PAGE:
Especially when you fall pregnant for the first time there are a lot of concerns like:
Am I ready to become a mother?
How will my life change?
Will my baby be healthy?
How can I create a good environment for my baby to grow up in?
It is definitely a time of transition, however with the right support it can be one of the best times in your life.
I often tell people that there is no ideal time there will always be something not quite right or happening at the same time. The beautiful thing is you have a good 9 months to work through whatever presents itself. Its easy to feel overwhelmed however just take it one step at a time. Starting with the first trimester. Once you get that positive pregnancy test you’ll possibly need to change a few lifestyle habits, most of them we are aware of but just to reiterate:
No more alcohol – there hasn’t been a safe level of alcohol established for a pregnancy so the best bet is to steer clear completely
No more smoking – often harder than eliminating alcohol a nicotine addiction has its roots into you physically, mentally & emotionally do whatever it takes to kick the habit as soon as you can, and 1/day is still 1 too many.
No more coffee – this one gets left out in many lists however I’ve included here because caffeine lasts a lot longer in your baby, then it does in you. Constantly exposing your baby to any drug is a bad idea, as it affect their development and neurological function.
These substances can be a big part of our lifestyle before children and when becoming pregnant can mean a change and “giving up” the old to embrace the new. Its normal to feel overwhelmed by these changes and add to this feeling tired, hormonal & emotional, nauseous and bloated. Pregnancy in the first trimester doesn’t always look so great, however it generally passes pretty quickly. Once the second trimester rolls around you’ll be feeling a lot better physically and more connected to your baby with a strong motivation that you’re creating the best possible environment & the best start at life for your little one.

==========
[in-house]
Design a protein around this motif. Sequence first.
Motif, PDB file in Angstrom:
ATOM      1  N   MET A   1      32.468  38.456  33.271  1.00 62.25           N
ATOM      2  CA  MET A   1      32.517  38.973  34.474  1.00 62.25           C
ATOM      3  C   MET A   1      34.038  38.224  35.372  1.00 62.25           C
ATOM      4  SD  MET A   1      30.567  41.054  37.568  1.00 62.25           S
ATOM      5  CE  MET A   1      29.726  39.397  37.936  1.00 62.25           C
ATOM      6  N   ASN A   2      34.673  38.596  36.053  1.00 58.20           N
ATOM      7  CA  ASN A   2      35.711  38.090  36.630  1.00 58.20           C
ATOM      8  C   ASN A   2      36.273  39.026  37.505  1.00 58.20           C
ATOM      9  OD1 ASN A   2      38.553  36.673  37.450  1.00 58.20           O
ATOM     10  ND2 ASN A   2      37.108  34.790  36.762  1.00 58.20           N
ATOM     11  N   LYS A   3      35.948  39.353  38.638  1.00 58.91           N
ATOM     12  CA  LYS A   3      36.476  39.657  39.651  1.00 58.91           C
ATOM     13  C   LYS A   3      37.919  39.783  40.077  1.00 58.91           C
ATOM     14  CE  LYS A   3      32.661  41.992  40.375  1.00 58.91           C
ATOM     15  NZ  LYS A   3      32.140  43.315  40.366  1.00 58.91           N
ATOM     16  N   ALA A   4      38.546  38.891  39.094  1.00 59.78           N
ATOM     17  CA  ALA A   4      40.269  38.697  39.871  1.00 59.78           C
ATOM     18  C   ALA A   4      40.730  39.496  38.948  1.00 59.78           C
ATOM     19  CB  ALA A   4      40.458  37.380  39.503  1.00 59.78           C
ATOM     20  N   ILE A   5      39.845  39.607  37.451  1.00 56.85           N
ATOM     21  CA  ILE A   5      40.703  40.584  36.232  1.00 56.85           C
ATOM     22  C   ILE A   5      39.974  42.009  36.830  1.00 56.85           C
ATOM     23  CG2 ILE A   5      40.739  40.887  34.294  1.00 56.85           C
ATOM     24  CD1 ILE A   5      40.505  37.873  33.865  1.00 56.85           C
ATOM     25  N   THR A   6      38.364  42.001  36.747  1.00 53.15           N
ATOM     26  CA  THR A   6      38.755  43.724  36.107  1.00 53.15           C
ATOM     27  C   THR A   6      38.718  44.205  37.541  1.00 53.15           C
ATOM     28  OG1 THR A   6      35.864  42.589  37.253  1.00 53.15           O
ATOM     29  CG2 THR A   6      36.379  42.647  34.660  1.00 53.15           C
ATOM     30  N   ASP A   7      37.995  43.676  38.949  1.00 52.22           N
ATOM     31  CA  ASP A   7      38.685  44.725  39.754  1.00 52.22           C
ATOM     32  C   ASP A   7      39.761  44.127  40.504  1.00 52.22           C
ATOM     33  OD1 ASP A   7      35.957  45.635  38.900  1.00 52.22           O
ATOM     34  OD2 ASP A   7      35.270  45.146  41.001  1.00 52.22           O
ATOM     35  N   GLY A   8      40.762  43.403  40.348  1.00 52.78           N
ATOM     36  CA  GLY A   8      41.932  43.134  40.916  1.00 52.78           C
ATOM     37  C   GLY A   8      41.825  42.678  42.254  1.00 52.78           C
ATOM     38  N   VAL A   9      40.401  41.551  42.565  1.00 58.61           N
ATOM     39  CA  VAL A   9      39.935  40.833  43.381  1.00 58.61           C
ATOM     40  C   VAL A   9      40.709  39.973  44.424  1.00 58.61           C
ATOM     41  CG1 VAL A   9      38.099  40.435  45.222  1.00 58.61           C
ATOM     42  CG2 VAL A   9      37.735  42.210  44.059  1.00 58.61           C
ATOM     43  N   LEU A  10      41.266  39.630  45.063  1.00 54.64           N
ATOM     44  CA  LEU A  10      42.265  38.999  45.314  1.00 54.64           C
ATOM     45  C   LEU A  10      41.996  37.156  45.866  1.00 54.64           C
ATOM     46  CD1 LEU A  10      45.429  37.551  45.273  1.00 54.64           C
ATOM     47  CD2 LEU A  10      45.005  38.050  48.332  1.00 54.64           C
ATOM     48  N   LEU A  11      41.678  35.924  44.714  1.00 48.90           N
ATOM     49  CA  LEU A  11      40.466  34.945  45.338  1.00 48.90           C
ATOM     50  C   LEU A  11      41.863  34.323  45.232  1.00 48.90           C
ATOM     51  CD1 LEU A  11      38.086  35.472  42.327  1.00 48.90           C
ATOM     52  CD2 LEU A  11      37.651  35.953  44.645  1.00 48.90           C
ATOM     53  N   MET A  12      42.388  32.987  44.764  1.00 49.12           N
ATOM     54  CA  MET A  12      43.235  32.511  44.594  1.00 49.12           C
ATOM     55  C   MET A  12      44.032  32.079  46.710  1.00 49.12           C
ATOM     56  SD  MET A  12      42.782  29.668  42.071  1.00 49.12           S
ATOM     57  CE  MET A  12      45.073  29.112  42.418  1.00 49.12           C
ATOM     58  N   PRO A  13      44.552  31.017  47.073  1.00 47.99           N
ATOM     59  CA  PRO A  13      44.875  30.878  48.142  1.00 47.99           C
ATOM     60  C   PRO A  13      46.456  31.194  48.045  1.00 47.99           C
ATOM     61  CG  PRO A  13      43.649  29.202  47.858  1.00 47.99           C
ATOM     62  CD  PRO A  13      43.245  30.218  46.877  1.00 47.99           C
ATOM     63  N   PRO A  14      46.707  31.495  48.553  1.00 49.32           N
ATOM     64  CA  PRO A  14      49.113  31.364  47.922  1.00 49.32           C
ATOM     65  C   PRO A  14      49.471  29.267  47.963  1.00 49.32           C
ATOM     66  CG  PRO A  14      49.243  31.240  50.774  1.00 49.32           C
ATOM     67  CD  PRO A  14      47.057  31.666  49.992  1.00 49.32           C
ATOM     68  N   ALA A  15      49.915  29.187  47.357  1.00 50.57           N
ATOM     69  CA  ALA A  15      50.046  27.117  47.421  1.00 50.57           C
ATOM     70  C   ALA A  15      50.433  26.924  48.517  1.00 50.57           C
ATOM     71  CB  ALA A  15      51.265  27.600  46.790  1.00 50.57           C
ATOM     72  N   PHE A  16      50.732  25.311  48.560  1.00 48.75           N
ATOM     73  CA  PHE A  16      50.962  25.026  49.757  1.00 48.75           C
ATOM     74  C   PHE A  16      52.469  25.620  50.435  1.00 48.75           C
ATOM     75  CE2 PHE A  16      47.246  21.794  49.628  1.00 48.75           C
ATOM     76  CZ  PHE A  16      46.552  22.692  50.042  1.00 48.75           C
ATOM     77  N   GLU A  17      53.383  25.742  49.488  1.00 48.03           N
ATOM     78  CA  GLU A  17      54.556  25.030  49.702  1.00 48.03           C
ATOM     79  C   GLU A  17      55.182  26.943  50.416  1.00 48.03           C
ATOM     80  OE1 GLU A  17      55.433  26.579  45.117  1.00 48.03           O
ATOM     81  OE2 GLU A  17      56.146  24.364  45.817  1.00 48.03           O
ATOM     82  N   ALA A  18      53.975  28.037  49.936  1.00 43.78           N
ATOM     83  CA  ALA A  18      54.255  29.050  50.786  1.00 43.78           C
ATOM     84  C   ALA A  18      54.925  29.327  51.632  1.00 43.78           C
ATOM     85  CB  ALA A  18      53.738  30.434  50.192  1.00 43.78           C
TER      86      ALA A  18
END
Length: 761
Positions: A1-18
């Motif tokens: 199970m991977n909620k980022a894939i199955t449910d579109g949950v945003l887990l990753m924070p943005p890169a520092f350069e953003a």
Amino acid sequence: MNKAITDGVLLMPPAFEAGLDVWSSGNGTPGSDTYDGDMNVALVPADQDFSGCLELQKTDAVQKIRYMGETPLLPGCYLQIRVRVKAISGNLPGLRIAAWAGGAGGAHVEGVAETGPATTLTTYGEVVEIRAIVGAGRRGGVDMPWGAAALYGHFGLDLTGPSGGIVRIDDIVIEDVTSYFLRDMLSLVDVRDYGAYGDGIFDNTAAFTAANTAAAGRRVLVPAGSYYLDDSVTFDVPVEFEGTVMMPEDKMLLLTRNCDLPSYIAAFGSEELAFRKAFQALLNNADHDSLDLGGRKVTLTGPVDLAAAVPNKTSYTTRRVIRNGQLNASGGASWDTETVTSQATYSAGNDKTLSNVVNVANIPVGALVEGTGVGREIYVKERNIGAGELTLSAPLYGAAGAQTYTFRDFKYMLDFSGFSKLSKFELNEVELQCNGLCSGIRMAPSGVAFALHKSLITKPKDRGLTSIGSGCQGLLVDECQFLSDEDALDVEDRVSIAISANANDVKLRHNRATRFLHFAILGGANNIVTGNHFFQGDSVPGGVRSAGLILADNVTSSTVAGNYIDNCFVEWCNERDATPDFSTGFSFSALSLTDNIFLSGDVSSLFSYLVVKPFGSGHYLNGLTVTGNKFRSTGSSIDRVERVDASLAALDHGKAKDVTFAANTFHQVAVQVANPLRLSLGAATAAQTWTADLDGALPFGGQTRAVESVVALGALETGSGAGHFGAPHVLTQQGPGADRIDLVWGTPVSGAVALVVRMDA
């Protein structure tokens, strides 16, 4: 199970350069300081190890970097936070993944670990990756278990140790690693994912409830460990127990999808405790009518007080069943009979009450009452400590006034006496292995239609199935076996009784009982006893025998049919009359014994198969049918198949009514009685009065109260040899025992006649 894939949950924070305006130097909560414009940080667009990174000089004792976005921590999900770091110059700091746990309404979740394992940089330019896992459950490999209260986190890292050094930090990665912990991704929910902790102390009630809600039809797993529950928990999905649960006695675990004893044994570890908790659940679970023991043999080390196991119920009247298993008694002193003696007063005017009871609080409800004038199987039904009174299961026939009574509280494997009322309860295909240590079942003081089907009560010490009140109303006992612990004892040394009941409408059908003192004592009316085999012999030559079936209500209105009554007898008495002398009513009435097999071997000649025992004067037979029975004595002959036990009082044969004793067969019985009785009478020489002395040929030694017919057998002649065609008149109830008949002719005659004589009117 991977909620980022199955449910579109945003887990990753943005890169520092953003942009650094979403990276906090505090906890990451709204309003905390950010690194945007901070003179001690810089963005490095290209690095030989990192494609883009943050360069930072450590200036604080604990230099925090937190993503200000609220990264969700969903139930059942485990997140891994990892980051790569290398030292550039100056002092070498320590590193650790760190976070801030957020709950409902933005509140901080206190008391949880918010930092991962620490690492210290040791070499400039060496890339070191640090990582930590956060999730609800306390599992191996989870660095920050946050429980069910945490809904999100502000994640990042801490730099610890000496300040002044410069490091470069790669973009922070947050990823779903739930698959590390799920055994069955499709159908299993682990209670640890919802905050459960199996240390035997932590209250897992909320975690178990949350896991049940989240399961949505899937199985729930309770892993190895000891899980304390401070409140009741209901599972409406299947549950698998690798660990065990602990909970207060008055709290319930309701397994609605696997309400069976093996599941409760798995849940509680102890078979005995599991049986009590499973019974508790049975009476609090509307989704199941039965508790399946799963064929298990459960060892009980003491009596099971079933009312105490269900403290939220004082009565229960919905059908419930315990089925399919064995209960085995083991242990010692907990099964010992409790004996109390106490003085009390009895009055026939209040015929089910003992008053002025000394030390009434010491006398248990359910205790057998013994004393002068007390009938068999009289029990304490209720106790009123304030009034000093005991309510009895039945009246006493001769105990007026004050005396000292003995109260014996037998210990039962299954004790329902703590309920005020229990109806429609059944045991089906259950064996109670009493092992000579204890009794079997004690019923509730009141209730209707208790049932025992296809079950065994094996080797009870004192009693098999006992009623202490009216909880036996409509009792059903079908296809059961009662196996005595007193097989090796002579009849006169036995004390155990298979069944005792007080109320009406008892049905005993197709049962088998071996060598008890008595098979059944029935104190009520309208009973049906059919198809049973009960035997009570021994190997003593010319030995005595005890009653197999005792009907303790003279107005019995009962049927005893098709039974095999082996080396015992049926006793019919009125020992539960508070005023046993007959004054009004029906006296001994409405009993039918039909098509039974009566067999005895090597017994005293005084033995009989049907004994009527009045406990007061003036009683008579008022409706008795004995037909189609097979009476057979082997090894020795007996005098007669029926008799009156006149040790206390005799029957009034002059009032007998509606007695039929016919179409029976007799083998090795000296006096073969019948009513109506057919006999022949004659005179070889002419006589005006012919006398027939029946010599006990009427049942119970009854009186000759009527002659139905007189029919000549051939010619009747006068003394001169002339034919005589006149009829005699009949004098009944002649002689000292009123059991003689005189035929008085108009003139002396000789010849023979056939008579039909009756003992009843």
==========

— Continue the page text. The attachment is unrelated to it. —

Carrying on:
When it comes to food & dietary choices there are some foods that need to be avoided, especially ones that can have a build up of bacteria (namely listeria) this may cause a miscarriage. Bearing this in mind there are many variables that can contribute to a pregnancy miscarrying, its rare for food to be the one & only cause but its better in the first trimester to be aware and careful. The following foods should be avoided once your pregnancy is confirmed:
Soft cheeses like camembert, brie, blue cheese
Raw fish (no more sashimi when having sushi, no more prawns either)
Raw eggs (mainly added to smoothies or when making desserts)
Avoid leftovers that are more than 1 day old
Food that has been heated/cooked and then cooled and reheated lower than the original cooking temperature can harbour a lot of bacteria
Salad bars can be dicey (avoid potato salads & coleslaw)
Deli meats are a big no no including salami, proscuito etc.
So that’s basically everything that you’ll be taking away so lets talk about things to add back in. Firstly I always tell newly pregnant mothers to eat more regularly than usual. I would suggest not leaving any more than 2-3 hours between having something. The more often you eat the more stable your blood sugar levels will remain and its less likely that you’ll experience morning sickness or nausea. A great staple to keep with you at all times in your handbag is a container of nuts & seeds and a piece of fruit. Listen to your body what it wants and what its aversions are. Protein is very important to your developing baby so make sure to include plenty of complete protein sources including:
Grass fed red meat
Organic / hormone free or free range chicken
Fish (smaller are better, salmon, anchovies)
Nuts & seeds
Dairy (milk, hard cheese, yoghurt)
Legumes (chickpeas, lentils, peas, beans) + grains (rice, oat, barley, rye)